When the late-night television comedians joke about Fannie Mae and Freddie Mac — the two government-sponsored housing finance agencies that almost went belly-up during the housing crisis — you know they have reached the public consciousness.

But there are two other federal housing programs hardly anyone knows about. One is Farmer Mac, a government-sponsored enterprise similar to Fannie and Freddie; the other is from the Department of Agriculture.

Both are aimed at rural homebuyers, but don't let that word fool you: "Rural" may be much closer than you think.

Among Farmer Mac's programs is one that targets buyers who want to move to the country and do a bit of farming, either full-scale or on the side. If you qualify, you are eligible for mortgages of up to $12 million (or $30 million on high-value properties of less than 1,000 acres).

There are no minimum or maximum acreage requirements. But if the property is less than five acres — not a lot of ground in some suburban markets — a minimum of $5,000 in annual gross sales of agriculture products must be documented. There is no such requirement for properties larger than five acres.

Known more formally as the Federal Agricultural Mortgage Corp., Farmer Mac was created by Congress in 1988 to build a secondary market for agriculture real estate and rural housing mortgages, thereby increasing the availability of long-term credit for ranchers, farmers and rural homebuyers.

It doesn't make loans directly to borrowers. Rather, it purchases loans made by local lenders. And among the products it buys are part-time farm/residential mortgages made to so-called hobby farmers.

Eligible properties must be owner-occupied, single-family detached residences or second homes with enough acreage to support agricultural production. There are no geographic restrictions, but the property can't be just a house on a large lot, or off in the woods somewhere.

A variety of loans are available, including both fixed-rate and adjustable mortgages, with terms from seven to 30 years. For loans up to $5 million, the loan-to-value ratio cannot exceed 70%. Borrowers who want more than that will have to pony up 40% as a down payment.

To qualify, you must be a U.S. citizen or permanently admitted for U.S. residency.

To find a local lender that sells its mortgages to Farmer Mac, go to FarmerMac.com and fill out the pre-application form under the "borrowers" tab. An employee will contact you to help you find a lender serving your area.

For borrowers who want to live in the country but don't want to be farmers, the Agriculture Department's Rural Housing Service offers a variety of loans, grants and loan guarantees to build, buy or improve both single- and multifamily properties.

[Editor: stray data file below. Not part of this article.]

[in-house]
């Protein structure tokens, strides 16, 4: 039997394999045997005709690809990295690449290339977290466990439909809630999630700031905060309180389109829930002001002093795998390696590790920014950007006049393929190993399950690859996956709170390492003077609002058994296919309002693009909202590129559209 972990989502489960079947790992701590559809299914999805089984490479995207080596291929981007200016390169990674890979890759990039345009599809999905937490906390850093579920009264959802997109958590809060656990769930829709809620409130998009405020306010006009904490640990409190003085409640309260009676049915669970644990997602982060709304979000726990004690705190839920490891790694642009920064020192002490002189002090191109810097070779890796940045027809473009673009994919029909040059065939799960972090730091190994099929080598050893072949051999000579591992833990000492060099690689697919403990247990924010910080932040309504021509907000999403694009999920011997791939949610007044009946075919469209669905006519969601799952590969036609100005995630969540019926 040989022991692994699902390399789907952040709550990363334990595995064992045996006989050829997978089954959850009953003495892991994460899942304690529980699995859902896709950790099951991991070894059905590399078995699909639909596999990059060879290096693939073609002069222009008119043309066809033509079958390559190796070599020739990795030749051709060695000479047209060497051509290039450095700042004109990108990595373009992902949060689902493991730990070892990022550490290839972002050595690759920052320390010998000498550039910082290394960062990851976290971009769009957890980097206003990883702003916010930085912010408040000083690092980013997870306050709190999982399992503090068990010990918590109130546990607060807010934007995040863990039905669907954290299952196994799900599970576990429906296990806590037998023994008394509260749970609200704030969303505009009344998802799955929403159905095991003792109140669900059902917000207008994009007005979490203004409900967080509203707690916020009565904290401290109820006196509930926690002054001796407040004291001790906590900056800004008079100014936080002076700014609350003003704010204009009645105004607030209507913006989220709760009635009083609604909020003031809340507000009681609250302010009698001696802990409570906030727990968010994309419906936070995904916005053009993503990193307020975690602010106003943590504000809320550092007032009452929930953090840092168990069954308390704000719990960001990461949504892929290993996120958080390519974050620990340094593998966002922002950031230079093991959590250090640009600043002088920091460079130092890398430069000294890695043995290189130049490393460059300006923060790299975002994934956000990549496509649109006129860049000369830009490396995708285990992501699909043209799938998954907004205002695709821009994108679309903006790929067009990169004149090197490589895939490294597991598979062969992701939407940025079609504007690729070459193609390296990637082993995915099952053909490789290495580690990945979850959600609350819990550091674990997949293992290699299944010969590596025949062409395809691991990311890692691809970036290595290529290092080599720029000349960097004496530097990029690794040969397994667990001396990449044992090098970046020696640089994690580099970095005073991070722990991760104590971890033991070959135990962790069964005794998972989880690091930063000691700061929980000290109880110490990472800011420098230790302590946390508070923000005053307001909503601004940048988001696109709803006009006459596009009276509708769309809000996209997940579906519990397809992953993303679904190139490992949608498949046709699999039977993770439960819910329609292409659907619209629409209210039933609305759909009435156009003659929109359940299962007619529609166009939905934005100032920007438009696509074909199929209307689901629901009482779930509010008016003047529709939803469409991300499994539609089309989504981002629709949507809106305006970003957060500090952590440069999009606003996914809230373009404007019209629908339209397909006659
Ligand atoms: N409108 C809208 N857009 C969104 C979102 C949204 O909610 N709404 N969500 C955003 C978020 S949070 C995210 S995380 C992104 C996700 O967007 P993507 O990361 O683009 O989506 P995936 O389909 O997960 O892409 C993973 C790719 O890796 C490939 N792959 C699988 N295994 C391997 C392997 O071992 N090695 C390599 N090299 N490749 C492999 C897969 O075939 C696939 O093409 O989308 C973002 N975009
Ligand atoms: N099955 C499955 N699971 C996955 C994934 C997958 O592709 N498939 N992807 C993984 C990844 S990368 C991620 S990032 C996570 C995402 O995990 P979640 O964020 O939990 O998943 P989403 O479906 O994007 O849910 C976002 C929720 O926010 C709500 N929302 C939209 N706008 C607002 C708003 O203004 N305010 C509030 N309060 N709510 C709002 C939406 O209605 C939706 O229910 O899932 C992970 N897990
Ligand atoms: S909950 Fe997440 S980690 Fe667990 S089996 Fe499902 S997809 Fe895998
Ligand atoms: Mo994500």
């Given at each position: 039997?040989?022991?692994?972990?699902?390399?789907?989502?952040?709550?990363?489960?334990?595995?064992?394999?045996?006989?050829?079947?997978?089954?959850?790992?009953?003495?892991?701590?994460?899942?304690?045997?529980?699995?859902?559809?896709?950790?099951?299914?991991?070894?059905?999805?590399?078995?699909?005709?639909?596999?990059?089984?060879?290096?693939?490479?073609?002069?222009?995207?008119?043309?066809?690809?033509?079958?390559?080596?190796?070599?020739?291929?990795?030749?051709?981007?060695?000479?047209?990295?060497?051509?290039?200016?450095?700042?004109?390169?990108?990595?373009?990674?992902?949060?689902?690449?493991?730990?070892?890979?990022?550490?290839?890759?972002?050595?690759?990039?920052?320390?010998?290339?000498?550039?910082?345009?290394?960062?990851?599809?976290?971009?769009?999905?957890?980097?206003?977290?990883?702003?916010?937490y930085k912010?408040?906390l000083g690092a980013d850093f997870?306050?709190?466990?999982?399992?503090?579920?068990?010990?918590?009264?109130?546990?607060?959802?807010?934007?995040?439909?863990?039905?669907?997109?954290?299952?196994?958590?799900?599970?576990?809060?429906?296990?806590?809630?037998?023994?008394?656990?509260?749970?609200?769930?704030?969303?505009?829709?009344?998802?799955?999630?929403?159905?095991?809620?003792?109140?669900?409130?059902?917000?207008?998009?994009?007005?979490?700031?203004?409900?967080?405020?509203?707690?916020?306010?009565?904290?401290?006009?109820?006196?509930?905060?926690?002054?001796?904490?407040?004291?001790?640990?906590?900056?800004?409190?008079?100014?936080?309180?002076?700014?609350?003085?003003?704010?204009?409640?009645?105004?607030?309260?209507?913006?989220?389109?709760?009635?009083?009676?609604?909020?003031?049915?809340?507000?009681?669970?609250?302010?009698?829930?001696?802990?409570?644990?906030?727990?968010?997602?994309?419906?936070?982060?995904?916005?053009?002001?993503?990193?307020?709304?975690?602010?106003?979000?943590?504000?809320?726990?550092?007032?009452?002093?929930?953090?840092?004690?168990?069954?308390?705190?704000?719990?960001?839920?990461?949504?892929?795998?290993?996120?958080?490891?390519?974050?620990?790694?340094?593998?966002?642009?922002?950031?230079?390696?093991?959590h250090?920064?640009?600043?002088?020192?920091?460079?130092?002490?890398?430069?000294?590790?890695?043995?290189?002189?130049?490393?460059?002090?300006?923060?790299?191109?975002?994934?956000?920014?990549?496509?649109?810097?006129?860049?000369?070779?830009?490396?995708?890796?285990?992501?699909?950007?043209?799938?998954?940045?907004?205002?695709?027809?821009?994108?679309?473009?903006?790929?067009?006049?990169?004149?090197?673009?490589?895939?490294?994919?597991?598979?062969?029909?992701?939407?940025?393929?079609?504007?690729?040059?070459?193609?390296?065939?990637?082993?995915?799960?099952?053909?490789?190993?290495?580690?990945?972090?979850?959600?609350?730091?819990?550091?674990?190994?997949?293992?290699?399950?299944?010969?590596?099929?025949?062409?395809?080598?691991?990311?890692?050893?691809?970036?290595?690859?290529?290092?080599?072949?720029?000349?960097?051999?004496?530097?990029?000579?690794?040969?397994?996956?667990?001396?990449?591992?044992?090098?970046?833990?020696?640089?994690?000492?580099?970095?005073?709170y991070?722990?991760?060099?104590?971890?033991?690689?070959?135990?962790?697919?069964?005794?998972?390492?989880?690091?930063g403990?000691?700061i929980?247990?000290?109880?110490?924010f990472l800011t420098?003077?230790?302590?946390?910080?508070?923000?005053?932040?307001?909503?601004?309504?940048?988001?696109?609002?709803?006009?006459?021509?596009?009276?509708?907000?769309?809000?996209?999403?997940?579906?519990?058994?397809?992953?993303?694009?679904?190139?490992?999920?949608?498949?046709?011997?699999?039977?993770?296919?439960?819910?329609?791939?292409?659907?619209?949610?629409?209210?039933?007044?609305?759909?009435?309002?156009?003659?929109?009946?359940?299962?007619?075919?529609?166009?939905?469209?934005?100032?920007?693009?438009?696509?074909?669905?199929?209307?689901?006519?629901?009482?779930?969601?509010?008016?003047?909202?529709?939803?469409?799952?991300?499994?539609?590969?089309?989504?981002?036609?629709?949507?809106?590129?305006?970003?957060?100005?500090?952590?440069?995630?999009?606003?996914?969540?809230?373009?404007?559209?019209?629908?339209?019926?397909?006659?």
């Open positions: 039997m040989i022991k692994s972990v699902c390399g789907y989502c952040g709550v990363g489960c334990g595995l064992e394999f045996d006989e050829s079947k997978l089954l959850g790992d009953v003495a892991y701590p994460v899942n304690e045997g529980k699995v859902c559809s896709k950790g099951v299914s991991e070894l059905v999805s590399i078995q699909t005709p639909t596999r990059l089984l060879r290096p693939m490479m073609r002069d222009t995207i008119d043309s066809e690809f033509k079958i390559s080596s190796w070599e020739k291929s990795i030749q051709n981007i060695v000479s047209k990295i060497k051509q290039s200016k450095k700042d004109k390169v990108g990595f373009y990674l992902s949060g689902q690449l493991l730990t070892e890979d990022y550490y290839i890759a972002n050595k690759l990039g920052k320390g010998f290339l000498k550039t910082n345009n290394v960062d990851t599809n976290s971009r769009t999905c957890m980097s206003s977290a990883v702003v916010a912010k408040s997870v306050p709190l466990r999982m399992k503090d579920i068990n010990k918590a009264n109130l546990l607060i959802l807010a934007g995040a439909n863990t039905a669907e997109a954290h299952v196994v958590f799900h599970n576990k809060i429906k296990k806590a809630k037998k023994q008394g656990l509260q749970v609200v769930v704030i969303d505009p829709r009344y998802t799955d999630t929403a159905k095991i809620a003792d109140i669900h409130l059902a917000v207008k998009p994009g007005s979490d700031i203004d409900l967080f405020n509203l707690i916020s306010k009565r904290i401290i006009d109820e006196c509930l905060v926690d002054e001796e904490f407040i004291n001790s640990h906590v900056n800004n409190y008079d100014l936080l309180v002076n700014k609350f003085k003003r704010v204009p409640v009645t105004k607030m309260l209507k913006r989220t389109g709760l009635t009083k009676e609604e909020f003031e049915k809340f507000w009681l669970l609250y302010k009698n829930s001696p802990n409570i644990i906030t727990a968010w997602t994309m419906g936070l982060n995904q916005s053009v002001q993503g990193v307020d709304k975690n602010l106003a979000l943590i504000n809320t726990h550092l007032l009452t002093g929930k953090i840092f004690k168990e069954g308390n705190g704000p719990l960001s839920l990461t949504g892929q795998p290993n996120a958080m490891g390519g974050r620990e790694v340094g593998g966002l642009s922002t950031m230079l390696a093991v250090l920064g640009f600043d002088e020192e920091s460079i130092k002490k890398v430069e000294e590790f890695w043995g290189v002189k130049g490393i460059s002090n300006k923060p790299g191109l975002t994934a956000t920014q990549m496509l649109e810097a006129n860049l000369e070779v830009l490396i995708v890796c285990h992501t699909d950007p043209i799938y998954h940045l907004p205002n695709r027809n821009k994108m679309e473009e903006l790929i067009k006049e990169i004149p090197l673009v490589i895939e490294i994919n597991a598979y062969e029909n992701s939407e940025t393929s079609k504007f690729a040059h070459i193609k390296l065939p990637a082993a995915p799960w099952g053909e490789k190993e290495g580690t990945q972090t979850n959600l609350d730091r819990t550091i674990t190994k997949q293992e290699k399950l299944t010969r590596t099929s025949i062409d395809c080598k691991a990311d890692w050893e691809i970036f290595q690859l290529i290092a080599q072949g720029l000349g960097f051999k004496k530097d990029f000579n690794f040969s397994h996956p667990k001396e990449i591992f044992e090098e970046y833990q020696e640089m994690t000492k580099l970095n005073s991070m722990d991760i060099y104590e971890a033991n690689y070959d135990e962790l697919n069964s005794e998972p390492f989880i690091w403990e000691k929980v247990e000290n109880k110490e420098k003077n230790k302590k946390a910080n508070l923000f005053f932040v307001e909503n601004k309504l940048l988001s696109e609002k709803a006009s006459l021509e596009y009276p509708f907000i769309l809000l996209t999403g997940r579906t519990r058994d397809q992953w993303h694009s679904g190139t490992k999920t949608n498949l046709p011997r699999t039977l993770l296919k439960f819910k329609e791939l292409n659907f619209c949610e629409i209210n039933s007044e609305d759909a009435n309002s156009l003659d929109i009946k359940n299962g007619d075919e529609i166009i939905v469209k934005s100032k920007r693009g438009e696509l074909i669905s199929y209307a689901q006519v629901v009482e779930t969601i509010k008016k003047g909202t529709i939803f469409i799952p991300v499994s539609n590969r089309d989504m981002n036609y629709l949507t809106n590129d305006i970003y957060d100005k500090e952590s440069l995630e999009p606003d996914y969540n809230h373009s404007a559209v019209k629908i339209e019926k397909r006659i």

Actually, "rural" is something of a misnomer when it comes to the USDA, because eligible properties can be much closer to big-city markets than you might think. To find out if the property you are considering is eligible, go to eligibility.sc.egov.usda.gov and enter the address.

Under the RHS Section 502 Direct Loan Program, low- and moderate-income borrowers are eligible for 100% mortgages with no money down. Applicants must have an adjusted income that is no greater than the low-income limit for their area, and be unable to obtain a mortgage from other sources.

Generally, houses can be no more than 1,800 square feet with a market value that does not exceed the applicable area loan amount.

The payback period for Section 502 mortgages is 33 years, though applicants with very low incomes who can't afford that extended loan term can stretch the loan out to 37 years.

Under the Guaranteed Loan Program, RHS provides a 90% loan note guarantee to approved lenders, to reduce the risk of extending 100% loans to eligible rural homebuyers and those who want to build, rehabilitate, improve or relocate a dwelling in an eligible rural area.

There are limitations based on income and family size. But folks who have "moderate incomes" — up to 115% of the U.S. median — qualify. In the Chicago area, for example, the limit ranges from $87,400 for a one-person household to $115,350 for households with eight members. And in the Sarasota-North Port area on Florida's southwest coast, the ceiling ranges from $75,650 for single borrowers to $99,850 for eight-member households.

Guaranteed loans can be used for a new or existing residential property to be used as a permanent residence, occupied by the borrower. Closing costs and reasonable and customary expenses associated with the purchase may be included in the transaction.

Lew Sichelman is an independent journalist who has been covering the housing and mortgage markets for more than 40 years.